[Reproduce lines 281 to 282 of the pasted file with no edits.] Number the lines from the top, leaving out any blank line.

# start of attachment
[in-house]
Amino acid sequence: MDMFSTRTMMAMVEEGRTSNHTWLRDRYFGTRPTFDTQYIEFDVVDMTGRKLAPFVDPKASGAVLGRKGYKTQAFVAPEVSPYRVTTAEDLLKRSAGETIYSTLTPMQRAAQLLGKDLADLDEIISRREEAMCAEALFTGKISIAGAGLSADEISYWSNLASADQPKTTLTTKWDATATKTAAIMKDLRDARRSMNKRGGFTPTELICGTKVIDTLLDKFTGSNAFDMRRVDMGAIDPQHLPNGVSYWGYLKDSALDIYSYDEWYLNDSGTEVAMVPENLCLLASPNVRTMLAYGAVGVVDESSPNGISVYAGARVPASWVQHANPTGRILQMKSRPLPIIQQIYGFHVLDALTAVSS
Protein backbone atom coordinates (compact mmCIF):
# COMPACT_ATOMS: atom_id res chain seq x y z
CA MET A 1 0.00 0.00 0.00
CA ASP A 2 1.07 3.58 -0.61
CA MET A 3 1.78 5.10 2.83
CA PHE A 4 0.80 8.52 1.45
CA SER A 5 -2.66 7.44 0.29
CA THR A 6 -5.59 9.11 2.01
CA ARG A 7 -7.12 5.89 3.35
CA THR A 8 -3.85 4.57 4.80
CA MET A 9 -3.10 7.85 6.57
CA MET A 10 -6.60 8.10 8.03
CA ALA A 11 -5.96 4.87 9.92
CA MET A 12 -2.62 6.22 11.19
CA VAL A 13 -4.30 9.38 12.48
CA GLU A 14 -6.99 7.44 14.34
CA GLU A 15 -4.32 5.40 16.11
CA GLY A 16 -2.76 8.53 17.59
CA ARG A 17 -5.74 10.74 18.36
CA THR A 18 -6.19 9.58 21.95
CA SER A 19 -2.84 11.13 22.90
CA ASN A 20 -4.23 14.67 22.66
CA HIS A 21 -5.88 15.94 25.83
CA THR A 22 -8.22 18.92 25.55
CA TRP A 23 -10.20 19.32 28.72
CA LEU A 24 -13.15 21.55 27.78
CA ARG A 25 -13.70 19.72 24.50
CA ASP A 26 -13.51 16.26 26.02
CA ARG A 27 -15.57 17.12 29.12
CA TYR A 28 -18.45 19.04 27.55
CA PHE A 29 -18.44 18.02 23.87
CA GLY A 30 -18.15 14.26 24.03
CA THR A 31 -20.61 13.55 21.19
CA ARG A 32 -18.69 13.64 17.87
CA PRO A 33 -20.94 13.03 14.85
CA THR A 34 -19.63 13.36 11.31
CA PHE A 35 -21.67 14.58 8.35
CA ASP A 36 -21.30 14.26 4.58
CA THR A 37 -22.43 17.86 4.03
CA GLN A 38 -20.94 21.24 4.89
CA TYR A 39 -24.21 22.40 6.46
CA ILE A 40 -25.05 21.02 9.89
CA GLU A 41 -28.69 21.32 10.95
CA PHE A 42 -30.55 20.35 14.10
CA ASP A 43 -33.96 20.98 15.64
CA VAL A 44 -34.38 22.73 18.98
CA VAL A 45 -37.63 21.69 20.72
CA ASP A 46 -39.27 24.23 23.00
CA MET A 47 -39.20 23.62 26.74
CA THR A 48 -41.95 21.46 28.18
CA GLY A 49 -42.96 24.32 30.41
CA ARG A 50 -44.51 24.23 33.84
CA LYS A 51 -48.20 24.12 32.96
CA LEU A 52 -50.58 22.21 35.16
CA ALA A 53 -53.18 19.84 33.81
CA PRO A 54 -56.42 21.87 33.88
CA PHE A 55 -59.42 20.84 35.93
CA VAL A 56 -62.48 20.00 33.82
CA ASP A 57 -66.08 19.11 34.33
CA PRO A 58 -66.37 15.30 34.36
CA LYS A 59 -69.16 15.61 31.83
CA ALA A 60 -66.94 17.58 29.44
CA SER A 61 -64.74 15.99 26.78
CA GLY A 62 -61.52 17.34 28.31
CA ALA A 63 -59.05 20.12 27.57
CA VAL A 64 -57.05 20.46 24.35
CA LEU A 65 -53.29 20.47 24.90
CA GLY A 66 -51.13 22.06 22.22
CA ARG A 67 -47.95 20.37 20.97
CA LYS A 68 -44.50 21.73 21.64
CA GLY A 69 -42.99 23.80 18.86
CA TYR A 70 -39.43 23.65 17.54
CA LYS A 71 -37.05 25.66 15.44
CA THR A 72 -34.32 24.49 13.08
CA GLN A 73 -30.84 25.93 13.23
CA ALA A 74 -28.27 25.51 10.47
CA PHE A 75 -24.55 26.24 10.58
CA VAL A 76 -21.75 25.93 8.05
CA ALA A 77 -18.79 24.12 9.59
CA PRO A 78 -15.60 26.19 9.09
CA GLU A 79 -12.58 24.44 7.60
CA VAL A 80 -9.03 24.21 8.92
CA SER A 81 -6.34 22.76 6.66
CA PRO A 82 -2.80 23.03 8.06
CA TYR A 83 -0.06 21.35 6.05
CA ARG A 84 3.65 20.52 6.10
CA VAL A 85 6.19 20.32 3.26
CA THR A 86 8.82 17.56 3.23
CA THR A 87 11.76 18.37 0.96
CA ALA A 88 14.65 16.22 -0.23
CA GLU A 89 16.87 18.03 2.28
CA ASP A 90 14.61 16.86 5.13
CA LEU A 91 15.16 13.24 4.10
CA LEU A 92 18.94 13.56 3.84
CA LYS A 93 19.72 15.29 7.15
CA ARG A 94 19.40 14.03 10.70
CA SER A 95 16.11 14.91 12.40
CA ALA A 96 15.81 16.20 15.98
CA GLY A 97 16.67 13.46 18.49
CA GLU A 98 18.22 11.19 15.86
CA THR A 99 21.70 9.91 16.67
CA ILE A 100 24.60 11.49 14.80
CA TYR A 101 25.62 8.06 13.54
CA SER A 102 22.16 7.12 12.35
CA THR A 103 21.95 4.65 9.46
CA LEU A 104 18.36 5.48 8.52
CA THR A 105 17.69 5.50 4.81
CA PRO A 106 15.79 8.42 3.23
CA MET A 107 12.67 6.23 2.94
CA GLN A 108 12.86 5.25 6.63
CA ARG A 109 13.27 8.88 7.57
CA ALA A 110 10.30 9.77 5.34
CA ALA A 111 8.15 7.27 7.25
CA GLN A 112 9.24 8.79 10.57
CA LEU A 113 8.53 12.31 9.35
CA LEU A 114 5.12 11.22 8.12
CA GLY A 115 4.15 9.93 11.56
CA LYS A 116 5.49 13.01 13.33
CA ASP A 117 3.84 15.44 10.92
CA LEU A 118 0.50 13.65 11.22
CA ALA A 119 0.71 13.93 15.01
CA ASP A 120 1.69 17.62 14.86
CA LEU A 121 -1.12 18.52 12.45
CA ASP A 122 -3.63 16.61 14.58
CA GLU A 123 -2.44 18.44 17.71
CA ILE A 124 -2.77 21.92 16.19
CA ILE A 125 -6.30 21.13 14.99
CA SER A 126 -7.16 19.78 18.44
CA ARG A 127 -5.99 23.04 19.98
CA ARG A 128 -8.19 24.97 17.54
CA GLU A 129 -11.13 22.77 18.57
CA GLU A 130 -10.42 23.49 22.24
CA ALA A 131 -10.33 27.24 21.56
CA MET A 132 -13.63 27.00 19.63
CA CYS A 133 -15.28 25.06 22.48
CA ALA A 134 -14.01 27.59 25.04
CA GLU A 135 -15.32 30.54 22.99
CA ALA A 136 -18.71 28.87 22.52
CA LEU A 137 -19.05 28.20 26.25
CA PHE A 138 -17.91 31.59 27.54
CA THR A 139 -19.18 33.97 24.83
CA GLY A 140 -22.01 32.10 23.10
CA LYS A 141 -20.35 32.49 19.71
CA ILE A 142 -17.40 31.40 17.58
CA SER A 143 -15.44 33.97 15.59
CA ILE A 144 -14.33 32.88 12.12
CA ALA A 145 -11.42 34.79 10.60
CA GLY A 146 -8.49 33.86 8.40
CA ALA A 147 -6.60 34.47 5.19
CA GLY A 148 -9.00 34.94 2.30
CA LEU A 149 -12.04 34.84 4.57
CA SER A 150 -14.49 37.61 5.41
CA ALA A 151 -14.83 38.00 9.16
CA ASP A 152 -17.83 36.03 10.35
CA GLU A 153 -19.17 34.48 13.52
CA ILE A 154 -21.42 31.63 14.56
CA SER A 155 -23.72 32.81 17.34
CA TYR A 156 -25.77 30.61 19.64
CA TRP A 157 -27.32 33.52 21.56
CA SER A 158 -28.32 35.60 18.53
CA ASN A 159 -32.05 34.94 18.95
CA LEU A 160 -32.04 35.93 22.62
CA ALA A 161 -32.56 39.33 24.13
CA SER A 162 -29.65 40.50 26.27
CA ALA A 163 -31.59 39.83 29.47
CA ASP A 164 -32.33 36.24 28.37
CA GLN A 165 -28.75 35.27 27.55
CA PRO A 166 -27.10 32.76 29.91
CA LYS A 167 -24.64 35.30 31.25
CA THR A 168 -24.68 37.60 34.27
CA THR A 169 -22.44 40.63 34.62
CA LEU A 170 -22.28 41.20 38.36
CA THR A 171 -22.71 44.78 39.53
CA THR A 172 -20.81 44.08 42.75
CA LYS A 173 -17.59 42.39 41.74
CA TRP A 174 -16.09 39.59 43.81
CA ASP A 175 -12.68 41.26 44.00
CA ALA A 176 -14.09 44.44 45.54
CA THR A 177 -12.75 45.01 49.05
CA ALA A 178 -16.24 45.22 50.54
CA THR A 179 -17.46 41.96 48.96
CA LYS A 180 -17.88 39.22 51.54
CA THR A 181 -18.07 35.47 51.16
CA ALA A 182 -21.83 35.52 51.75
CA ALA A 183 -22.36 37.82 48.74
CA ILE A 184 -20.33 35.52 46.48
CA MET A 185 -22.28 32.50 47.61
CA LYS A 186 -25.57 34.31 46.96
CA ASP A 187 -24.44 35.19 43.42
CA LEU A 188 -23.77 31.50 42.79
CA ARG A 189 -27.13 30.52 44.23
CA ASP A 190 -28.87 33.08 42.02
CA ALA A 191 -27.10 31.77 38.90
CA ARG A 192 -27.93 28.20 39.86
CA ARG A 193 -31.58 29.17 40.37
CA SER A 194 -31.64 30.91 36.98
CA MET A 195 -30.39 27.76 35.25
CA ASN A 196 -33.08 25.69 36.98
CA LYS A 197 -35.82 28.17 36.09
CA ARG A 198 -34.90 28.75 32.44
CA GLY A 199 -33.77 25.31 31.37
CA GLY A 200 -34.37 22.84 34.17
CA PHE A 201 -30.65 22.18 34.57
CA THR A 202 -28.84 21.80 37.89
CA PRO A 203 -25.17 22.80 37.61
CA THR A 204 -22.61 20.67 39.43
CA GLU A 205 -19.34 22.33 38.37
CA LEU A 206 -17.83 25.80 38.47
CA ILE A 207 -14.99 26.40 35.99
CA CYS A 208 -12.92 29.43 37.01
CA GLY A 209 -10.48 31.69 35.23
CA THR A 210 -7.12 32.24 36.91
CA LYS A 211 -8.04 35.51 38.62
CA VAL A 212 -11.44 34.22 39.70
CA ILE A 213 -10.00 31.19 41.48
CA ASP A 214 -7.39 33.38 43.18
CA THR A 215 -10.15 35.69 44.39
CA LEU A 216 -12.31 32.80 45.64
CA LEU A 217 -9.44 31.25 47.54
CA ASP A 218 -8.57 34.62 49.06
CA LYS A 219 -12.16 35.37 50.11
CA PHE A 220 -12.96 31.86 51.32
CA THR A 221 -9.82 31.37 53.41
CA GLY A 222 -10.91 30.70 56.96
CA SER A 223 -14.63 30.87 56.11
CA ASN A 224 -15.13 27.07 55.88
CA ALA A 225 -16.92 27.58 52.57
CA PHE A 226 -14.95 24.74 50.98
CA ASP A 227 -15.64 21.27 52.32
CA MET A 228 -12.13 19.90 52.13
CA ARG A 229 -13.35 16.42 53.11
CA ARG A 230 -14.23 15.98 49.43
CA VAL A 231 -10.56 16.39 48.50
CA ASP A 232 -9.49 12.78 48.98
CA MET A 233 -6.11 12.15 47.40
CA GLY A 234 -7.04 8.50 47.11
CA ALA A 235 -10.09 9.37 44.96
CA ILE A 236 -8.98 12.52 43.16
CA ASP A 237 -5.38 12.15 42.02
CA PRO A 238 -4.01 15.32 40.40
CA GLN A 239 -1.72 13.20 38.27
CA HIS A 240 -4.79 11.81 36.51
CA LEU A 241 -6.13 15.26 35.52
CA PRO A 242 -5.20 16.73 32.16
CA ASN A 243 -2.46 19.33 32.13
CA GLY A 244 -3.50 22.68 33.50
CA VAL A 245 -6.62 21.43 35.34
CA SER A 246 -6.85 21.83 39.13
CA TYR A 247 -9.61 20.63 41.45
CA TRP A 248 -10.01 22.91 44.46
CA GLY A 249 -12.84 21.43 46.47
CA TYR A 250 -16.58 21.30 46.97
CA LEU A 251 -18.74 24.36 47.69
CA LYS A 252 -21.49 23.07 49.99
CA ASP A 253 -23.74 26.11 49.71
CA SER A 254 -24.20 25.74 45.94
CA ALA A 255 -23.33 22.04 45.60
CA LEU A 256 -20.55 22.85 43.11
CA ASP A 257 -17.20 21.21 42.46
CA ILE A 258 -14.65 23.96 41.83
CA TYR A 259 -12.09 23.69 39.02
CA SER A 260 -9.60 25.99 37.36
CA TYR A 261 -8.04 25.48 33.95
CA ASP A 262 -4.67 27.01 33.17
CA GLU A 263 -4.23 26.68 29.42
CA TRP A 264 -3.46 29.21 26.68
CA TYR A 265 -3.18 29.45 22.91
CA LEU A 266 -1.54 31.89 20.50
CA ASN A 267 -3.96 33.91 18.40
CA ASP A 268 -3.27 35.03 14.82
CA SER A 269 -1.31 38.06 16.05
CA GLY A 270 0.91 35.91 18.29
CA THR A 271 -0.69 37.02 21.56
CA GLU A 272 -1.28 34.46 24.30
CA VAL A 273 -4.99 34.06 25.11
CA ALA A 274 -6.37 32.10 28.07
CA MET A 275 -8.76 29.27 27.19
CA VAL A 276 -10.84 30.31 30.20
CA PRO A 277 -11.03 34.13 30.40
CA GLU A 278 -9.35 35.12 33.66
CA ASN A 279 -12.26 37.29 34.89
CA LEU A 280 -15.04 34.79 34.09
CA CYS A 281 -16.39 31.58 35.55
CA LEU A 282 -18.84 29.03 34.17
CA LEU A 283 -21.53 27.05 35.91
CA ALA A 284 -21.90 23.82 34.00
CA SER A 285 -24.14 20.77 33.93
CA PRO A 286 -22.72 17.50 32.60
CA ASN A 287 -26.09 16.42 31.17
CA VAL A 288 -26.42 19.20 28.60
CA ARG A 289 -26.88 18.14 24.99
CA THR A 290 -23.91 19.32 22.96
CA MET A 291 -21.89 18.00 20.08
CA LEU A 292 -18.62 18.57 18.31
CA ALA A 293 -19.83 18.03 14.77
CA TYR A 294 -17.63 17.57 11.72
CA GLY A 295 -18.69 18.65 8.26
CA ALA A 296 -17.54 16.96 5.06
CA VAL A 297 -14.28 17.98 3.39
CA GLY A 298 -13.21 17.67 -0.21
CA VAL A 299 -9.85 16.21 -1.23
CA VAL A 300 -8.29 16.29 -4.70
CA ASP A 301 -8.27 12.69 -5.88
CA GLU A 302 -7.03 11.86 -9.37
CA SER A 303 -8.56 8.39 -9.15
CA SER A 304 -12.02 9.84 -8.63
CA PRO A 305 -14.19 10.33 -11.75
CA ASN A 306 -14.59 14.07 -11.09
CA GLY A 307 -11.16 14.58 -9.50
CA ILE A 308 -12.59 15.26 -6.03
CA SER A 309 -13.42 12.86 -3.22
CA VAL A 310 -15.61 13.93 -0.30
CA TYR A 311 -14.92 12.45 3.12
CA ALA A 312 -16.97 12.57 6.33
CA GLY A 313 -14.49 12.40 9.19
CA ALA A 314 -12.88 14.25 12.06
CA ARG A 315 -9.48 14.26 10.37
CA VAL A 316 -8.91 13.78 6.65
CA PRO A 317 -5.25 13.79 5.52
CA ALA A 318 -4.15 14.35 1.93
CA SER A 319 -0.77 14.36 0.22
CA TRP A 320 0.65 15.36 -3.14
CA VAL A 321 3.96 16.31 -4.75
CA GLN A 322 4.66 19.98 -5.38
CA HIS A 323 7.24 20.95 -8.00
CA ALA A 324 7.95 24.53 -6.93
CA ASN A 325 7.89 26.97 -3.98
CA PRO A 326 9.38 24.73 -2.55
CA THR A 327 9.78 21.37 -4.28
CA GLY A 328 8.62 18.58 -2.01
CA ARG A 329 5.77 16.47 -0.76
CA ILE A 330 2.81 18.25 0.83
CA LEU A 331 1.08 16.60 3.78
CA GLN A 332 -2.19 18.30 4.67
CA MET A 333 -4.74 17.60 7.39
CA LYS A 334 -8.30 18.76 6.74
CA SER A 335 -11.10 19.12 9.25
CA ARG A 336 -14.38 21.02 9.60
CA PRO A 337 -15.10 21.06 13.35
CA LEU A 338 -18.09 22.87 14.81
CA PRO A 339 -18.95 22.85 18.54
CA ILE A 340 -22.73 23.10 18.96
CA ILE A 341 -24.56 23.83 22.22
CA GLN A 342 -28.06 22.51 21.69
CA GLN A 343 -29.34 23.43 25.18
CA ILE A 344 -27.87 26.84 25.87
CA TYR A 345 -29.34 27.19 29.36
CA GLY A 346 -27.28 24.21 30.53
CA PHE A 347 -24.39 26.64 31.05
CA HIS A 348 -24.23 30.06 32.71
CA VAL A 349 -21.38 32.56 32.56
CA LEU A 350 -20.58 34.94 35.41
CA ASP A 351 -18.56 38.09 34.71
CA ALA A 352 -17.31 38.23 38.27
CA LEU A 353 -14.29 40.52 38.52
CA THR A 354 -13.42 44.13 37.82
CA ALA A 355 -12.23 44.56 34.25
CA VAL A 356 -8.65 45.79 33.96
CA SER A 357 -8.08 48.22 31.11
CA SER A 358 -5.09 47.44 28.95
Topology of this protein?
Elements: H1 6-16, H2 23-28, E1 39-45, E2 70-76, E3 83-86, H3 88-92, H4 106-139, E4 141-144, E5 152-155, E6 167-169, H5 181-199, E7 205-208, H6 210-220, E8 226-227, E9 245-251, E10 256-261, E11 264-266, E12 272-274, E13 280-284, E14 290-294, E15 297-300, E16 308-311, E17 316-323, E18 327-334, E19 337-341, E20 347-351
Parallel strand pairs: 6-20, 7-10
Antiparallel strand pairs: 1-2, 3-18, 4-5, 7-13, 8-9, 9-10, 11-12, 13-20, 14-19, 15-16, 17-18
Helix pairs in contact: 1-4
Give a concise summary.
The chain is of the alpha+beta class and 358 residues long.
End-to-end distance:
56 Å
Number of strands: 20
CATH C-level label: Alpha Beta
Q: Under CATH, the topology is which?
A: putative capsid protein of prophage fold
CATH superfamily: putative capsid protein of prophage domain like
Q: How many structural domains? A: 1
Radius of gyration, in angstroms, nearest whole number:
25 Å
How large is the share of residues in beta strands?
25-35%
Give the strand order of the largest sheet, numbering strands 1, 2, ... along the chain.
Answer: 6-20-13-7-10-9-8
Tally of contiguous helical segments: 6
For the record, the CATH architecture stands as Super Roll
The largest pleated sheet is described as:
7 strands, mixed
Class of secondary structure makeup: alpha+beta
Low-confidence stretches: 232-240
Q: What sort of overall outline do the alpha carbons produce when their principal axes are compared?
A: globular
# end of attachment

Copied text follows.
CA PRO A 277 -11.03 34.13 30.40
CA GLU A 278 -9.35 35.12 33.66